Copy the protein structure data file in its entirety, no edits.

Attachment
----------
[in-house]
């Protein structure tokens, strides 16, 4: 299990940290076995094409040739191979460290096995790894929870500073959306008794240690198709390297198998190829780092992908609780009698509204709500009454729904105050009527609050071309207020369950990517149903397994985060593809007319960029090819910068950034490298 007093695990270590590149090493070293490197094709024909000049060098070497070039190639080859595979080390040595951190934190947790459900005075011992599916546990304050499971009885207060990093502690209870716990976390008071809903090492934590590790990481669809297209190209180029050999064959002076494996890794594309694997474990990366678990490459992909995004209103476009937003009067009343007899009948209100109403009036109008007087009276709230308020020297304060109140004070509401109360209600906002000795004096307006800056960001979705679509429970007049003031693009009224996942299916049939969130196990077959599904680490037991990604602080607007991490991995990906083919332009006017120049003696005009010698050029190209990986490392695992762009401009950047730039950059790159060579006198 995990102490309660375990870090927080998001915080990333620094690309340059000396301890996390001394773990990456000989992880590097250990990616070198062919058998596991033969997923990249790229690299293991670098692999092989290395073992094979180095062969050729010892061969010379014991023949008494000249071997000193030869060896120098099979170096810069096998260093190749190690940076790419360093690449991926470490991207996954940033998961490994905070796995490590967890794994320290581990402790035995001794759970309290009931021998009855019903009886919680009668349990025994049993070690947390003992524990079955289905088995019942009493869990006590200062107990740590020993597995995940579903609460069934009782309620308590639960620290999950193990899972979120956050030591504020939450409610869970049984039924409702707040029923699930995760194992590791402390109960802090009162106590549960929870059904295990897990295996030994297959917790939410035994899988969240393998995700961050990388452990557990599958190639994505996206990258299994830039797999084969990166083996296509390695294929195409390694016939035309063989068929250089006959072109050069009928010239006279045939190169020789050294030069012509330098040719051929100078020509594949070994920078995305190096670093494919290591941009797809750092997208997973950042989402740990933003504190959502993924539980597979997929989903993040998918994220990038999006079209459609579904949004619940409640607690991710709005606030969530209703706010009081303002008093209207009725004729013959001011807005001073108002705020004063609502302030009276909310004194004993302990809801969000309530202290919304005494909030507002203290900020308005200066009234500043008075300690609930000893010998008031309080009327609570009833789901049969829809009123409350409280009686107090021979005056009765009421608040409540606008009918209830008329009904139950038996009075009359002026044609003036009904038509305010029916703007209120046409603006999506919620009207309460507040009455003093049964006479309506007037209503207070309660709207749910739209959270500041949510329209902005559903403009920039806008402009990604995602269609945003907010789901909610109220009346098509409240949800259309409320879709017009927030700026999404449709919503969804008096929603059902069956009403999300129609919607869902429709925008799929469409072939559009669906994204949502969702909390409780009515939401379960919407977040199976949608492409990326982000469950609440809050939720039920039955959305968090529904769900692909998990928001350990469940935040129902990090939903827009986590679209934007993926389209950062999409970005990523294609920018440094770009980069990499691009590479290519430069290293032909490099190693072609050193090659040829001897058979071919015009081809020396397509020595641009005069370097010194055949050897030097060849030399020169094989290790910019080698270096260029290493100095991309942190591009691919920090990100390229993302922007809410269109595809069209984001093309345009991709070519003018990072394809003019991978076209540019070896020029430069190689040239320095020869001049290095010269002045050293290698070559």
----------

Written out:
[in-house]
């Protein structure tokens, strides 16, 4: 299990940290076995094409040739191979460290096995790894929870500073959306008794240690198709390297198998190829780092992908609780009698509204709500009454729904105050009527609050071309207020369950990517149903397994985060593809007319960029090819910068950034490298 007093695990270590590149090493070293490197094709024909000049060098070497070039190639080859595979080390040595951190934190947790459900005075011992599916546990304050499971009885207060990093502690209870716990976390008071809903090492934590590790990481669809297209190209180029050999064959002076494996890794594309694997474990990366678990490459992909995004209103476009937003009067009343007899009948209100109403009036109008007087009276709230308020020297304060109140004070509401109360209600906002000795004096307006800056960001979705679509429970007049003031693009009224996942299916049939969130196990077959599904680490037991990604602080607007991490991995990906083919332009006017120049003696005009010698050029190209990986490392695992762009401009950047730039950059790159060579006198 995990102490309660375990870090927080998001915080990333620094690309340059000396301890996390001394773990990456000989992880590097250990990616070198062919058998596991033969997923990249790229690299293991670098692999092989290395073992094979180095062969050729010892061969010379014991023949008494000249071997000193030869060896120098099979170096810069096998260093190749190690940076790419360093690449991926470490991207996954940033998961490994905070796995490590967890794994320290581990402790035995001794759970309290009931021998009855019903009886919680009668349990025994049993070690947390003992524990079955289905088995019942009493869990006590200062107990740590020993597995995940579903609460069934009782309620308590639960620290999950193990899972979120956050030591504020939450409610869970049984039924409702707040029923699930995760194992590791402390109960802090009162106590549960929870059904295990897990295996030994297959917790939410035994899988969240393998995700961050990388452990557990599958190639994505996206990258299994830039797999084969990166083996296509390695294929195409390694016939035309063989068929250089006959072109050069009928010239006279045939190169020789050294030069012509330098040719051929100078020509594949070994920078995305190096670093494919290591941009797809750092997208997973950042989402740990933003504190959502993924539980597979997929989903993040998918994220990038999006079209459609579904949004619940409640607690991710709005606030969530209703706010009081303002008093209207009725004729013959001011807005001073108002705020004063609502302030009276909310004194004993302990809801969000309530202290919304005494909030507002203290900020308005200066009234500043008075300690609930000893010998008031309080009327609570009833789901049969829809009123409350409280009686107090021979005056009765009421608040409540606008009918209830008329009904139950038996009075009359002026044609003036009904038509305010029916703007209120046409603006999506919620009207309460507040009455003093049964006479309506007037209503207070309660709207749910739209959270500041949510329209902005559903403009920039806008402009990604995602269609945003907010789901909610109220009346098509409240949800259309409320879709017009927030700026999404449709919503969804008096929603059902069956009403999300129609919607869902429709925008799929469409072939559009669906994204949502969702909390409780009515939401379960919407977040199976949608492409990326982000469950609440809050939720039920039955959305968090529904769900692909998990928001350990469940935040129902990090939903827009986590679209934007993926389209950062999409970005990523294609920018440094770009980069990499691009590479290519430069290293032909490099190693072609050193090659040829001897058979071919015009081809020396397509020595641009005069370097010194055949050897030097060849030399020169094989290790910019080698270096260029290493100095991309942190591009691919920090990100390229993302922007809410269109595809069209984001093309345009991709070519003018990072394809003019991978076209540019070896020029430069190689040239320095020869001049290095010269002045050293290698070559």